The head of Tencent Games’ North American publishing team, Neo Liu is a busy chap so when he says his focus on Pub G mobile and developing it as an eSport, you best take him seriously. Of course, he is realistic in his aspirations and realises that mobile eSports has a long way to go before it is in the same bracket as its PC and console-based cousins.
So what does this mean for Pub G?
Liu commented: “In the US or the North American market, console and PC are still dominating. A lot of players use these devices, but the trend with mobile users is increasing and especially as more people have affordable mobile devices, more people will want to enjoy games on them.”
Liu likened the situation in the west to what happened in China where mobile eSports has really gained some traction. He points out that the audiences are slightly different and that games on mobile devices tend to be a slightly quicker pace. Liu used a clever analogy likening it to how some people prefer movies and some people like to binge-watch reality TV.
Liu is targeting more casual gamers, but conventional wisdom dictates that if somebody is gaming casually then they probably won’t have the skills to play competitively. So it was put to him that he is targeting a demographic that doesn’t exist. His comeback was to say:
“We don’t think we’re advocating users to be more hardcore,” he added, “It’s not necessary for them to play two hours every day and need to keep grinding their skills to be pro gamers. We just want them to enjoy the game and the eSports content, to keep a good, healthy ecosystem around the game… We’re not trying to pressure them to be pro gamers, because, like any sport, it’s always a pyramid. The top players are at the very top, but we need a foundation for that where more people can join into and enjoy events.”
It is because of this his company are working on both the top end and the lower-ranked player base. While Pub G has huge tournaments for the top end players to attend, they are also championing lower-stakes tournaments to encourage more casual gamers to compete. The hope is that this will encourage a thriving eSports community.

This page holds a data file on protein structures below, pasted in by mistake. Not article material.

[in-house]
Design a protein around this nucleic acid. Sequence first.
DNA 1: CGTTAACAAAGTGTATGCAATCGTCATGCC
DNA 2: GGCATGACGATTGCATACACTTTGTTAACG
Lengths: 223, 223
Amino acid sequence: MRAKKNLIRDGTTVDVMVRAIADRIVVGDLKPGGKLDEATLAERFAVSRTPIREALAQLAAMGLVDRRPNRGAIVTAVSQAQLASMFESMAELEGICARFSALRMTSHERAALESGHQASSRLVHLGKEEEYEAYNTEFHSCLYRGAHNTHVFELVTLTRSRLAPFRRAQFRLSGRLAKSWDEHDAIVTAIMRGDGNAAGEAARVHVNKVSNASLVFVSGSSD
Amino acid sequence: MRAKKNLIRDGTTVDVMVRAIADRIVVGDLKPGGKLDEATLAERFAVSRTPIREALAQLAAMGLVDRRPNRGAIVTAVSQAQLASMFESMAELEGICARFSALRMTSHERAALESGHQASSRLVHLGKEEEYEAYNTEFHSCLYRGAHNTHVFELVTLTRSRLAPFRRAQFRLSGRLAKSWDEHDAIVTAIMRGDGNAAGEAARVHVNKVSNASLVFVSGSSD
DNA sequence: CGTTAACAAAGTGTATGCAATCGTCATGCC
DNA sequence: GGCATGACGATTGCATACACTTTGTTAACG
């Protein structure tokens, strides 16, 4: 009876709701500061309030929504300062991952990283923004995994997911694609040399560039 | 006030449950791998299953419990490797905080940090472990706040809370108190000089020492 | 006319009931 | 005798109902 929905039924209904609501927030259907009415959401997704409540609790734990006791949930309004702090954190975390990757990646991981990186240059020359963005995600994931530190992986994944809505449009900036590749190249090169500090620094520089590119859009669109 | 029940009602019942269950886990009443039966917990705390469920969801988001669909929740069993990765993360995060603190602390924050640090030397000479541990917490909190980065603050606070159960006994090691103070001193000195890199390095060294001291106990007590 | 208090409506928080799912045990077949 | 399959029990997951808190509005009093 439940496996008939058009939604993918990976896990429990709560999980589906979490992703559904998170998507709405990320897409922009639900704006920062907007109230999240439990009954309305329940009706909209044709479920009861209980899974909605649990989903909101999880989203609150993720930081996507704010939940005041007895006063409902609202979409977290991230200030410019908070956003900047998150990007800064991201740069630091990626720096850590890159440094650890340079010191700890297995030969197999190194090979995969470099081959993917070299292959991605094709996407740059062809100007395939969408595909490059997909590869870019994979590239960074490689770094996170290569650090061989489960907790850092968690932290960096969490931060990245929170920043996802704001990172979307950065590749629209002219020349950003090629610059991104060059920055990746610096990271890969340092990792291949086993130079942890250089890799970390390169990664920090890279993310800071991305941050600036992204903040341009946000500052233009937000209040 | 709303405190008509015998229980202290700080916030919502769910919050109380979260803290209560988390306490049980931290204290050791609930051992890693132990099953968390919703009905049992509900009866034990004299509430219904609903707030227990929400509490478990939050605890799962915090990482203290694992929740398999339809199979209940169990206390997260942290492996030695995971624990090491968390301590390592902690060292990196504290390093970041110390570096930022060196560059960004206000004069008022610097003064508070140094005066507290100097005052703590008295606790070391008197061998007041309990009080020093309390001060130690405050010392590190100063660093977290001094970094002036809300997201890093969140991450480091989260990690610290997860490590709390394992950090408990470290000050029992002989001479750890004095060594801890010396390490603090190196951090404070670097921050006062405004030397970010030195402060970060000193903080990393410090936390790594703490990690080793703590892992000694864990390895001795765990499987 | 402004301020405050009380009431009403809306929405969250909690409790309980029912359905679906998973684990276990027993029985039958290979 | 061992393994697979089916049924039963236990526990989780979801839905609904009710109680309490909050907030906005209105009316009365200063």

It isn’t just small monetary prizes to encourage the games less elite to play more often, either. The game partnered up with Super League and run a series of small events up and down the US where the victors won a chicken dinner…yes we know, winner winner!
He pointed out why it is important to help develop a pro scene. Emphasizing that he wants Pub G professionals to act as role models for the gaming community. Lofty ambitions indeed. He went onto mention how in more established sports how the top player become ambassadors for the game. This, in turn, encourages more players to try and turn pro.
Tenants push for Pub G mobile seems to have the most effect in emerging eSports markets. Coincidentally this seems the most efficient strategy to try and make his dream a reality. Although there is the anomaly of the success of mobile eSport in China. Liu puts this down to the fact that the Chinese have developed a predisposition for mobile phone usage in general, so eSports becoming popular on that platform is a natural progression.
Interestingly, despite not being officially released in China, Pub G does seem to have quite a following there. It may be a potential goldmine for the company as it continues its concerted push towards global domination.